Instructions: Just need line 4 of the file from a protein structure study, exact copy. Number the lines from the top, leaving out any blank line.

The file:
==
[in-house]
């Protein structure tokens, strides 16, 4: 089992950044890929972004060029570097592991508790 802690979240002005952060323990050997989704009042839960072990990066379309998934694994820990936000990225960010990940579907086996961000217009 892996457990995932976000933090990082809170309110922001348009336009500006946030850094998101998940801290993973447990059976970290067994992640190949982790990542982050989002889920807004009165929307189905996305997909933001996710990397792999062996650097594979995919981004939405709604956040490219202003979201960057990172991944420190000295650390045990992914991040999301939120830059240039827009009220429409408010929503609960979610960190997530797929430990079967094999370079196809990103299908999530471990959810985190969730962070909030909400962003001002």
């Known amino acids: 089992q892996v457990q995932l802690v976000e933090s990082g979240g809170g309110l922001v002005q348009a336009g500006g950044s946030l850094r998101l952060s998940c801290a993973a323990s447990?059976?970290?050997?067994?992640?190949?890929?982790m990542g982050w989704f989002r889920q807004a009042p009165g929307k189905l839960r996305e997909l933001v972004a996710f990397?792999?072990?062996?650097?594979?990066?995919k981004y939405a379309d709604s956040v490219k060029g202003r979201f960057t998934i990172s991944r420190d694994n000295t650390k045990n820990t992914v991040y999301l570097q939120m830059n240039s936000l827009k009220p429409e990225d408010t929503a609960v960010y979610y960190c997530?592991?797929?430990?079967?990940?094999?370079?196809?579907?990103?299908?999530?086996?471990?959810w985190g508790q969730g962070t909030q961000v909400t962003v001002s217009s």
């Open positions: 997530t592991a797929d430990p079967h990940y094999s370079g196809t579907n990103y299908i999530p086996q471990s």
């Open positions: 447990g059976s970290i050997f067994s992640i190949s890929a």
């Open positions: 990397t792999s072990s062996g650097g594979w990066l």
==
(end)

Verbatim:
């Open positions: 997530t592991a797929d430990p079967h990940y094999s370079g196809t579907n990103y299908i999530p086996q471990s």